Ann Bates was an educator and nurturer of children at the height of her career as a teacher in Philadelphia during her marriage to Joseph Bates. In 1778, her husband joined the British troops who cleared Philadelphia and walked to New York City. Professing to be a patriotic woman, Bates went through the American lines and pursued the military to New York. Bates felt it was her obligation to search out intelligence against the “rebellion”  movement and report back to her significant other’s bosses. John Bates had taught his wife how to recognize the weaponry and report on significant military data, for example, the quantities of guns, men and supplies.

Ann Bates was willing to be put herself at risk and was given various missions according to letters from Spy Letters Of The American Revolution in the Collections of the Clement Library. They detail her operations and how she succeeded.

“Bates reported to Major Drummond and was sent out on July 29, 1778 to spy on the American troops. Ann was told to look for a disloyal American soldier, a man named Chambers, to share information. However, Chambers had been killed in battle about three weeks earlier. For three or four days, Bates wandered about the American camp, counting 199 pieces of cannon and 23,000 American men. Bates also tried to gather information on the American troops movement to Rhode Island and erroneously reported back to Clinton on August 6, 1778 that the American troops had not yet gone to Rhode Island. As soon as Bates returned from this mission, she was sent out again to spy on the American troops. Bates went back to Washington’s headquarters in White Plains, New York and overheard one of Washington’s aides say that boats were being prepared for landing on Long Island and that part of Washington’s troops had already left for Rhode Island. Bates was back in New York to warn Clinton of the American troops movements on August 19, 1778 and her information influenced Clinton’s decision to send more men to defend Rhode Island, forcing the American and French armies to withdraw from Newport.

During her last mission in White Plains, Ann Bates recognized a British turncoat who she suspected would report her if their paths crossed because of previous dealing she had with the man.. Ann had remembered him from an earlier mission, and promptly left the American camp. She fled straight to New York in secrecy by taking shortcut straight through New Jersey. While going throughout the state, Bates remained in Tory safe houses.  The far-reaching system of Loyalist throughout mid Atlantic showed to be valuable and critical for Ann’s safety during this time.Many British detainees had the option to escape American camps from Virginia through the very same route she took.

Bates was determined to return to British lines as fast as could be allowed.

It was on September 26th, 1778, That Ann Bates ran into trouble on her way back to New York City. She was spotted at an American central station. The American unit had over 5,000 troops and was under the direction of General Charles Scott. General Scott was Washington’s Chief of Intelligence and was vigilant for British counter-intelligence.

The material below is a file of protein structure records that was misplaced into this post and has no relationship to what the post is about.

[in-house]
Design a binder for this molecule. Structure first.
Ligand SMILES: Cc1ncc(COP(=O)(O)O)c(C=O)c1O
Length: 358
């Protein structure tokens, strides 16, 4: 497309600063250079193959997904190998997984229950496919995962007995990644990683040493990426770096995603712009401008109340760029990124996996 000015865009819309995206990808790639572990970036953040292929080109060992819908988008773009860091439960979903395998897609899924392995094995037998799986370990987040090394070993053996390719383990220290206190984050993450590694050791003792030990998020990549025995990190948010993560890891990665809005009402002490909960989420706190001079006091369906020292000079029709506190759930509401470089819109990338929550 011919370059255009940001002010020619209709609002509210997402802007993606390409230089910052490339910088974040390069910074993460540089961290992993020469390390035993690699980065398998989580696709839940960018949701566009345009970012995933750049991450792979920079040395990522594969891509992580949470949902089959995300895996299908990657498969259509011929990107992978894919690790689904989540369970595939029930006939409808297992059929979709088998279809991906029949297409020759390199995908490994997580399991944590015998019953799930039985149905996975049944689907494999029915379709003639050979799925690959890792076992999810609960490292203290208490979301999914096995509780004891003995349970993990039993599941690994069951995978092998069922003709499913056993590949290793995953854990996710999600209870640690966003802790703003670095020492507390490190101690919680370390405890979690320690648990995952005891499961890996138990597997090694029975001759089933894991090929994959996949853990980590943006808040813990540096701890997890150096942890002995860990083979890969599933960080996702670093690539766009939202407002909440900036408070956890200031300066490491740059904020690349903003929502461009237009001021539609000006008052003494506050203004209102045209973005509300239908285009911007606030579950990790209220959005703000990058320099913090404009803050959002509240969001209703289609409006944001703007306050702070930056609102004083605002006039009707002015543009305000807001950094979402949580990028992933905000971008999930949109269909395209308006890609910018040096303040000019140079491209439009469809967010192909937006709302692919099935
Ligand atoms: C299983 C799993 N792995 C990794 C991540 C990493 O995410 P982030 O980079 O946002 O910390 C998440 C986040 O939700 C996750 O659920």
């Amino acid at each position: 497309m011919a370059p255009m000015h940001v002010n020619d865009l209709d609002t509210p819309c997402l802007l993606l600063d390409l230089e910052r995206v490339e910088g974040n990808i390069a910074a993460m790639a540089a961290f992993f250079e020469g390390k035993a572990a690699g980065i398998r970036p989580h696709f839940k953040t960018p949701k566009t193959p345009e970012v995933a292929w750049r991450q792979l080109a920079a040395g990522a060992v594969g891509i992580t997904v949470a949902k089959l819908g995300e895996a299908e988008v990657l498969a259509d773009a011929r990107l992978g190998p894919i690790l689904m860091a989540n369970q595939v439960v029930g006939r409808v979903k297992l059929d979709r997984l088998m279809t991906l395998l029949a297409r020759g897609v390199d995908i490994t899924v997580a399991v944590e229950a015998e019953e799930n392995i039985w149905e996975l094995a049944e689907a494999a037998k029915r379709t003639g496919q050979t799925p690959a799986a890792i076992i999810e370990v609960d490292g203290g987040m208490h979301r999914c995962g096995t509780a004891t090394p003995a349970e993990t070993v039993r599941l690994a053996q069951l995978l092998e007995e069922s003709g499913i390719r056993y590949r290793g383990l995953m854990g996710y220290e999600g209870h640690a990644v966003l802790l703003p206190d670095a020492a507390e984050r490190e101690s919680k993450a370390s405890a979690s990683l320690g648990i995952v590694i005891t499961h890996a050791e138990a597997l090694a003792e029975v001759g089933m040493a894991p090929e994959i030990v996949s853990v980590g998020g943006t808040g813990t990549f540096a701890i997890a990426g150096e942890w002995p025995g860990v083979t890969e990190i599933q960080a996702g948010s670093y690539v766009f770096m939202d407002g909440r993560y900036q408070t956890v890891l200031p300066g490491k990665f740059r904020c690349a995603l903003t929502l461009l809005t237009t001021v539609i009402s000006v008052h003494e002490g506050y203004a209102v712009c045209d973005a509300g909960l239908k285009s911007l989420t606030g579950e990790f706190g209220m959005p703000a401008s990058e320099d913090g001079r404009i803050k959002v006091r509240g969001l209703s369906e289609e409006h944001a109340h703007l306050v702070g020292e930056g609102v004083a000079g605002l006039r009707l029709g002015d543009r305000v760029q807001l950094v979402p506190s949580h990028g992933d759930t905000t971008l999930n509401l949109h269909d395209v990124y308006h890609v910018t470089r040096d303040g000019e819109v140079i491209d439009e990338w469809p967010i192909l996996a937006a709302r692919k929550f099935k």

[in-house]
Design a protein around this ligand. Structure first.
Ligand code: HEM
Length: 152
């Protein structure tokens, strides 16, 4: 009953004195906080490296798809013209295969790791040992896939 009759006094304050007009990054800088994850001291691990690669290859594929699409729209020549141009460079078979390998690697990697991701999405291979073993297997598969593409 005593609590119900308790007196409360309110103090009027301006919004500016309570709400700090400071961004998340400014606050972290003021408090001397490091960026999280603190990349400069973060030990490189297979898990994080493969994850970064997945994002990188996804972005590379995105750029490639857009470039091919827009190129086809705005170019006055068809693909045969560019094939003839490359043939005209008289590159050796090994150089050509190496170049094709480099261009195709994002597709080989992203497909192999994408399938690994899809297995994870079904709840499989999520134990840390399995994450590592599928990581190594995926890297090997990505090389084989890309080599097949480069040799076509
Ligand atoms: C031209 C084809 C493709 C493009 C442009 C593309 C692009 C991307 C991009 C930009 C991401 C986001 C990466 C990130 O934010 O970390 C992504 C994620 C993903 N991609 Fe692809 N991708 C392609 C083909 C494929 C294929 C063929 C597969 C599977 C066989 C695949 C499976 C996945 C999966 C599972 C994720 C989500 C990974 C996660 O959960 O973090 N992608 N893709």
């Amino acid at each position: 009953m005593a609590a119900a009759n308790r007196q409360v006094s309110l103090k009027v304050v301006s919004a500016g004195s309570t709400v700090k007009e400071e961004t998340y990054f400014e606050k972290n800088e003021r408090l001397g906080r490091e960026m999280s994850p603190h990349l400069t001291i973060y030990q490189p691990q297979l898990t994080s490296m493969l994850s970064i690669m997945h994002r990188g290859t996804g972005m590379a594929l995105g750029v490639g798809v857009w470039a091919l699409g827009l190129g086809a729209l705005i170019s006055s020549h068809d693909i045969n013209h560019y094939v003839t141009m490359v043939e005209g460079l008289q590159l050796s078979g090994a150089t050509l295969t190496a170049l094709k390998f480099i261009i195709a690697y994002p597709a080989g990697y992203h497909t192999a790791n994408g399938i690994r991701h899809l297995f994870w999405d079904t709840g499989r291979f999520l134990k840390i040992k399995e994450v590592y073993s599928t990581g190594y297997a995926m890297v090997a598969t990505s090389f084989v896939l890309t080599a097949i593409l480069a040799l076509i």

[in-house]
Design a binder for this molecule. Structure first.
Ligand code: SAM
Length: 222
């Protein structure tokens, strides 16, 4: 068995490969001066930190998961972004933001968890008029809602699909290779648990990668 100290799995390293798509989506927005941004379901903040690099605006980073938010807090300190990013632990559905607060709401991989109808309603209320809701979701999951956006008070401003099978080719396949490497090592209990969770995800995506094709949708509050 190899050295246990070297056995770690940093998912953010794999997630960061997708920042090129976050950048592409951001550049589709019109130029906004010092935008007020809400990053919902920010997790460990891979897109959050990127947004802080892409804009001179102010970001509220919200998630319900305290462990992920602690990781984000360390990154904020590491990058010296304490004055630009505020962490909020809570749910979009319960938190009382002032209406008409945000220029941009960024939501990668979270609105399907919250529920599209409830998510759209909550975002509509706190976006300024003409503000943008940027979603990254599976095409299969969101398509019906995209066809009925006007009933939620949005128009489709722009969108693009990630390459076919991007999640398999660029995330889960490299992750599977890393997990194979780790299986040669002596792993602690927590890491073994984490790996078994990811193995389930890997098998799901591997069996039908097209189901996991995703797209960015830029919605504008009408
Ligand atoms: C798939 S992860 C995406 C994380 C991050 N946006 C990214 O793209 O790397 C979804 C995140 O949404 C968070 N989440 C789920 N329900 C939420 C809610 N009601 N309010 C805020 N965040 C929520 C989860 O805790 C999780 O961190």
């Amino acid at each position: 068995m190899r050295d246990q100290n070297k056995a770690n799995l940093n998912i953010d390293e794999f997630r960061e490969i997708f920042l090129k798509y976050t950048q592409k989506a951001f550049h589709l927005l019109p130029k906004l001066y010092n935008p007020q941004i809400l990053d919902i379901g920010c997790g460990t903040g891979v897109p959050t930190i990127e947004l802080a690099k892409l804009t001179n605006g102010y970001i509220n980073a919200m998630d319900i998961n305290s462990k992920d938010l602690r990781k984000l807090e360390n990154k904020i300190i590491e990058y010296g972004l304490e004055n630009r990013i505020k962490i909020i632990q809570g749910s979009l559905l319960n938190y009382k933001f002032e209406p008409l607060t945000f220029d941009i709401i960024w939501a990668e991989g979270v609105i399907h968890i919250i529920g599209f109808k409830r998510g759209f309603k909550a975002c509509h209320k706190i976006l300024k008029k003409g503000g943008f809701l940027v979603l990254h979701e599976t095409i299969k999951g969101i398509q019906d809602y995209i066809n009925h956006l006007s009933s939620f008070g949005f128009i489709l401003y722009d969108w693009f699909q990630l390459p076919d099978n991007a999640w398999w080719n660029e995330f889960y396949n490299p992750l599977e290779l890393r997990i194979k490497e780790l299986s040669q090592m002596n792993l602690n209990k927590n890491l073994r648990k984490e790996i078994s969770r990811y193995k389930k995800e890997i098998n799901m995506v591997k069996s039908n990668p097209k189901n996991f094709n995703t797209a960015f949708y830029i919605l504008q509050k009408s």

Bates was kept and taken to Scott who scrutinized her. Bates disclosed to Scott that she “was a Soldier’s wife in the Center Division and had overlooked something around five or six Miles beneath the Plains.” Bates in the end was released; however, she was shaken by the events and knew her identity was under suspicion which made it too unsafe to continue spying for the loyalist cause.  Ann Bates had been made.

The two came back to Manhattan and Drummond requested that Ann meet with a companion of Benedict Arnold’s inside Philadelphia. This presents Benedict Arnold’s initial contribution with the Loyalist. Ann Bates would later be quoted detailing her experience as a loyalist spy. She was really proud of her part during the war.

“I had the opportunity of going through their whole army remarking at the same time the strength and situation of each brigade, and the number of cannon, with their situation and weight of ball each cannon was charged with. — Ann Bates” 


Washington’s Spies: The Story of America’s First Spy Ring by Alexander Rose is Based on remarkable new research, acclaimed historian Alexander Rose brings to life the true story of the spy ring that helped America win the Revolutionary War. For the first time, Rose takes us beyond the battlefront and deep into the shadowy underworld of double agents and triple crosses, covert operations and code breaking, and unmasks the courageous, flawed men who inhabited this wilderness of mirrors—including the spymaster at the heart of it all.Washington’s small band included a young Quaker torn between political principle and family loyalty, a swashbuckling sailor addicted to the perils of espionage, a hard-drinking barkeep, a Yale-educated cavalryman and friend of the doomed Nathan Hale, and a peaceful, sickly farmer who begged Washington to let him retire but who always came through in the end. Personally guiding these imperfect everyday heroes was Washington himself. In an era when officers were gentlemen, and gentlemen didn’t spy, he possessed an extraordinary talent for deception—and proved an adept spymaster.